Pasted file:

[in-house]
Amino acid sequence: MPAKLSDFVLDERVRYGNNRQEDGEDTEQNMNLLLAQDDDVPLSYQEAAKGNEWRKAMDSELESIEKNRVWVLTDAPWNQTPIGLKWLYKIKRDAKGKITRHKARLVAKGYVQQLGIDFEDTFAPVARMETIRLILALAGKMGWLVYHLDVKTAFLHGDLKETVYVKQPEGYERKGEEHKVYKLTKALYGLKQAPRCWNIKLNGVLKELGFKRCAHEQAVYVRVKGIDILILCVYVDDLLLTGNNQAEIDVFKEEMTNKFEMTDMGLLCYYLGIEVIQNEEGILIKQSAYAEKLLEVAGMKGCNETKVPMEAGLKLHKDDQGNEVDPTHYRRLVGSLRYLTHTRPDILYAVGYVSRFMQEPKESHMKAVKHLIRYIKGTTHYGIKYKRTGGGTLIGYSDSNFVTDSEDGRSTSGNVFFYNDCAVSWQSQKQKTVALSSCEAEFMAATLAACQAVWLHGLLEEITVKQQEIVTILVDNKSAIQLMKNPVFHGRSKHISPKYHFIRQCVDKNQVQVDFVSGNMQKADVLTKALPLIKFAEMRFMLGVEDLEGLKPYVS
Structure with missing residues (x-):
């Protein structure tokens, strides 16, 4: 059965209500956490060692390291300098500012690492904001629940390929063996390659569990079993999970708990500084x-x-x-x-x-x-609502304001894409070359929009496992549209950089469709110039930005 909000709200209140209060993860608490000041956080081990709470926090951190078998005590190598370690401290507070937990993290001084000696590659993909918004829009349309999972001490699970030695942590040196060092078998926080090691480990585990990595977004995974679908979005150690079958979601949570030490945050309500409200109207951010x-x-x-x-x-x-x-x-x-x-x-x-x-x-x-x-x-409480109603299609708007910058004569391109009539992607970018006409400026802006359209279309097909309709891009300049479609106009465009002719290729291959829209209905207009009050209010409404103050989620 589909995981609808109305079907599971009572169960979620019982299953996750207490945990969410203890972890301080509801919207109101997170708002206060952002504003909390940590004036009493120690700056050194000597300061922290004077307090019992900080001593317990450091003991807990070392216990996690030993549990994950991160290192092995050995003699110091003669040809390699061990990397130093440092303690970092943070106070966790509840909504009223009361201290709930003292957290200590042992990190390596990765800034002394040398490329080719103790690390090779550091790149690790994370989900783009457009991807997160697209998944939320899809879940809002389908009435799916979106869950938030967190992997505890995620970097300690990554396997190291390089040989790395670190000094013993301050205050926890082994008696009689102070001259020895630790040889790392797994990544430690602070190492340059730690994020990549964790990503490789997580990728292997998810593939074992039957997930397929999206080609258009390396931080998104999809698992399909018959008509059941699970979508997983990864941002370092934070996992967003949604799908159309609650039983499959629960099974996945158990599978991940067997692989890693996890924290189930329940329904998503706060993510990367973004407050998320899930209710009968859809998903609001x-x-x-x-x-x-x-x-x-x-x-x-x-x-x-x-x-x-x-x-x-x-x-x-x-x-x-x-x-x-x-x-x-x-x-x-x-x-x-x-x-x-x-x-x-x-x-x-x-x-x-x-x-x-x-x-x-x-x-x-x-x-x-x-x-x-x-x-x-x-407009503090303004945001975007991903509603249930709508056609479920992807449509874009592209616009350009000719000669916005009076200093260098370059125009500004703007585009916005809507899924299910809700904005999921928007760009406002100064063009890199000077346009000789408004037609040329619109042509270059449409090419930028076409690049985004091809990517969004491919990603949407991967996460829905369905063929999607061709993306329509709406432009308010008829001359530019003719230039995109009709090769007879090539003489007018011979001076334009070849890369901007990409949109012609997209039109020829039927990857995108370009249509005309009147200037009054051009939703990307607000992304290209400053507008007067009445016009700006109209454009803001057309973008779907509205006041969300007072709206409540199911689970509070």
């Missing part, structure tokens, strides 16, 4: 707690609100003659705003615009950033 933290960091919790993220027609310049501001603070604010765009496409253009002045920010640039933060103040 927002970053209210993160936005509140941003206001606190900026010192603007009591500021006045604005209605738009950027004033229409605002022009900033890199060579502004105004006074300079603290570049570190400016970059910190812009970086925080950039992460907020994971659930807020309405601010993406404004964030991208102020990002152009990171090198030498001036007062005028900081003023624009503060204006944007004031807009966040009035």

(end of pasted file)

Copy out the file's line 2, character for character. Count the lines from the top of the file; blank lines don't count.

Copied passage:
Amino acid sequence: MPAKLSDFVLDERVRYGNNRQEDGEDTEQNMNLLLAQDDDVPLSYQEAAKGNEWRKAMDSELESIEKNRVWVLTDAPWNQTPIGLKWLYKIKRDAKGKITRHKARLVAKGYVQQLGIDFEDTFAPVARMETIRLILALAGKMGWLVYHLDVKTAFLHGDLKETVYVKQPEGYERKGEEHKVYKLTKALYGLKQAPRCWNIKLNGVLKELGFKRCAHEQAVYVRVKGIDILILCVYVDDLLLTGNNQAEIDVFKEEMTNKFEMTDMGLLCYYLGIEVIQNEEGILIKQSAYAEKLLEVAGMKGCNETKVPMEAGLKLHKDDQGNEVDPTHYRRLVGSLRYLTHTRPDILYAVGYVSRFMQEPKESHMKAVKHLIRYIKGTTHYGIKYKRTGGGTLIGYSDSNFVTDSEDGRSTSGNVFFYNDCAVSWQSQKQKTVALSSCEAEFMAATLAACQAVWLHGLLEEITVKQQEIVTILVDNKSAIQLMKNPVFHGRSKHISPKYHFIRQCVDKNQVQVDFVSGNMQKADVLTKALPLIKFAEMRFMLGVEDLEGLKPYVS